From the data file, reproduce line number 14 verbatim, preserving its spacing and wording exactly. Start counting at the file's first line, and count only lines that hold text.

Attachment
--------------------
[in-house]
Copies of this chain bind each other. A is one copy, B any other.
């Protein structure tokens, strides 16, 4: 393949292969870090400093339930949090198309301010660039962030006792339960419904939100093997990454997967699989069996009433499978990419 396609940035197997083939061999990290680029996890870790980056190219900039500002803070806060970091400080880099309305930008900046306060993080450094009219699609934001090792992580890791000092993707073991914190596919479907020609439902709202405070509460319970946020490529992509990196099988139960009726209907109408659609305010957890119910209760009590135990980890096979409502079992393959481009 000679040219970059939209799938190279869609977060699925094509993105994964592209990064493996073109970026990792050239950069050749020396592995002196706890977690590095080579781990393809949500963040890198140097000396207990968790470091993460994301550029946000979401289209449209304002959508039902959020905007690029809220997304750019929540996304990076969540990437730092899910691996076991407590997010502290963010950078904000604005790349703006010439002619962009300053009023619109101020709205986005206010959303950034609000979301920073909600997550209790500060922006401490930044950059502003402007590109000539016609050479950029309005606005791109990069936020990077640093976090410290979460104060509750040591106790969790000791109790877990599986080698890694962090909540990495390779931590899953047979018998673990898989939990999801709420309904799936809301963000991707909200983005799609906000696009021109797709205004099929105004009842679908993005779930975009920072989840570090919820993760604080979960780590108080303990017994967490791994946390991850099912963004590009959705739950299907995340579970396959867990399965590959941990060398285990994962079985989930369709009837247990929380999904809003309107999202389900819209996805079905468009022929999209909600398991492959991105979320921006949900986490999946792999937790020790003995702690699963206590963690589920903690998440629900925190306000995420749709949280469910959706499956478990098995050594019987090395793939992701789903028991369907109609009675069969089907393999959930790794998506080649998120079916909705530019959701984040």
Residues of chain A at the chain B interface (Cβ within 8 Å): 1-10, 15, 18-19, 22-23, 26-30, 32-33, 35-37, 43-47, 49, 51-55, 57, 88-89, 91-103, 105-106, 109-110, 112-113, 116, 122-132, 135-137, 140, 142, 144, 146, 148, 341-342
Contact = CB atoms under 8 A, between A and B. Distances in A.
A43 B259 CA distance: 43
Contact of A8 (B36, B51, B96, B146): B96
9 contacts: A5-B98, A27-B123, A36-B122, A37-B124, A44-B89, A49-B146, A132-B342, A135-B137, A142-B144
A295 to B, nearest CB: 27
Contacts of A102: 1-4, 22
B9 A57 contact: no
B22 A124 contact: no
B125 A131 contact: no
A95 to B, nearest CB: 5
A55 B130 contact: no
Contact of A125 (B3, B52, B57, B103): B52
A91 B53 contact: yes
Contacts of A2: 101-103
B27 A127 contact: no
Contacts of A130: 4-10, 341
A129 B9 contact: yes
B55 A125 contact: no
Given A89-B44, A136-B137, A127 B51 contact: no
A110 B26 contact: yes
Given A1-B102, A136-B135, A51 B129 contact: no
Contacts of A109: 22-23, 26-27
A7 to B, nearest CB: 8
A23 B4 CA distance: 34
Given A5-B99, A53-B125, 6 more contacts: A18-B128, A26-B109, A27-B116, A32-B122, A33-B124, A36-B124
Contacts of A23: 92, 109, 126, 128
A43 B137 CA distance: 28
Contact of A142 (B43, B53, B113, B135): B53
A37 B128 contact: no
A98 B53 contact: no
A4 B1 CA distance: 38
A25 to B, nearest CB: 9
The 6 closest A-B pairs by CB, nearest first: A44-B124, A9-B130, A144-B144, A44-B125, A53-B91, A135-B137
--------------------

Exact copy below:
A95 to B, nearest CB: 5